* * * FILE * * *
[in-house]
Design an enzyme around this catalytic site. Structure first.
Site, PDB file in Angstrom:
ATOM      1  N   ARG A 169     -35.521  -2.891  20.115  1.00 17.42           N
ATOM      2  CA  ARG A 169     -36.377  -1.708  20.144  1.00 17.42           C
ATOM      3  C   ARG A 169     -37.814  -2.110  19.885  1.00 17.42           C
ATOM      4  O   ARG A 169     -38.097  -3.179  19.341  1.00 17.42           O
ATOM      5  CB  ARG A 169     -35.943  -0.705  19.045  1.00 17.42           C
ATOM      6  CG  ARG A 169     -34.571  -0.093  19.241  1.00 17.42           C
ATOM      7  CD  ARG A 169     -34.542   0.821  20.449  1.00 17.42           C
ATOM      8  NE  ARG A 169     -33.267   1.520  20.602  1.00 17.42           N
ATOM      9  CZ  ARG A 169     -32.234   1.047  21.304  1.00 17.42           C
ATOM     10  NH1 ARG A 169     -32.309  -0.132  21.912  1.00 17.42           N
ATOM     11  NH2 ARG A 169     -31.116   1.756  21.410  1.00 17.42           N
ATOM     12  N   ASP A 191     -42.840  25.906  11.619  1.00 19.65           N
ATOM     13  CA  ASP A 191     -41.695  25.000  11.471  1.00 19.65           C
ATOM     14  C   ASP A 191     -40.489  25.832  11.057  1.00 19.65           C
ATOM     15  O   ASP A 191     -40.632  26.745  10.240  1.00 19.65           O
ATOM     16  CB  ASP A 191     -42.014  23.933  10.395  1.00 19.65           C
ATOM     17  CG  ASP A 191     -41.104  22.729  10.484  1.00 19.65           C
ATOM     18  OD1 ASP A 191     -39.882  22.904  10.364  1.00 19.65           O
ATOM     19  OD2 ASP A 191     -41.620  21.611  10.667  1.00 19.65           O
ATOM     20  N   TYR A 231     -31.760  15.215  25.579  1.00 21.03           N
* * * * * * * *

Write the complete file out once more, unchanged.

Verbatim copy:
[in-house]
Design an enzyme around this catalytic site. Structure first.
Site, PDB file in Angstrom:
ATOM      1  N   ARG A 169     -35.521  -2.891  20.115  1.00 17.42           N
ATOM      2  CA  ARG A 169     -36.377  -1.708  20.144  1.00 17.42           C
ATOM      3  C   ARG A 169     -37.814  -2.110  19.885  1.00 17.42           C
ATOM      4  O   ARG A 169     -38.097  -3.179  19.341  1.00 17.42           O
ATOM      5  CB  ARG A 169     -35.943  -0.705  19.045  1.00 17.42           C
ATOM      6  CG  ARG A 169     -34.571  -0.093  19.241  1.00 17.42           C
ATOM      7  CD  ARG A 169     -34.542   0.821  20.449  1.00 17.42           C
ATOM      8  NE  ARG A 169     -33.267   1.520  20.602  1.00 17.42           N
ATOM      9  CZ  ARG A 169     -32.234   1.047  21.304  1.00 17.42           C
ATOM     10  NH1 ARG A 169     -32.309  -0.132  21.912  1.00 17.42           N
ATOM     11  NH2 ARG A 169     -31.116   1.756  21.410  1.00 17.42           N
ATOM     12  N   ASP A 191     -42.840  25.906  11.619  1.00 19.65           N
ATOM     13  CA  ASP A 191     -41.695  25.000  11.471  1.00 19.65           C
ATOM     14  C   ASP A 191     -40.489  25.832  11.057  1.00 19.65           C
ATOM     15  O   ASP A 191     -40.632  26.745  10.240  1.00 19.65           O
ATOM     16  CB  ASP A 191     -42.014  23.933  10.395  1.00 19.65           C
ATOM     17  CG  ASP A 191     -41.104  22.729  10.484  1.00 19.65           C
ATOM     18  OD1 ASP A 191     -39.882  22.904  10.364  1.00 19.65           O
ATOM     19  OD2 ASP A 191     -41.620  21.611  10.667  1.00 19.65           O
ATOM     20  N   TYR A 231     -31.760  15.215  25.579  1.00 21.03           N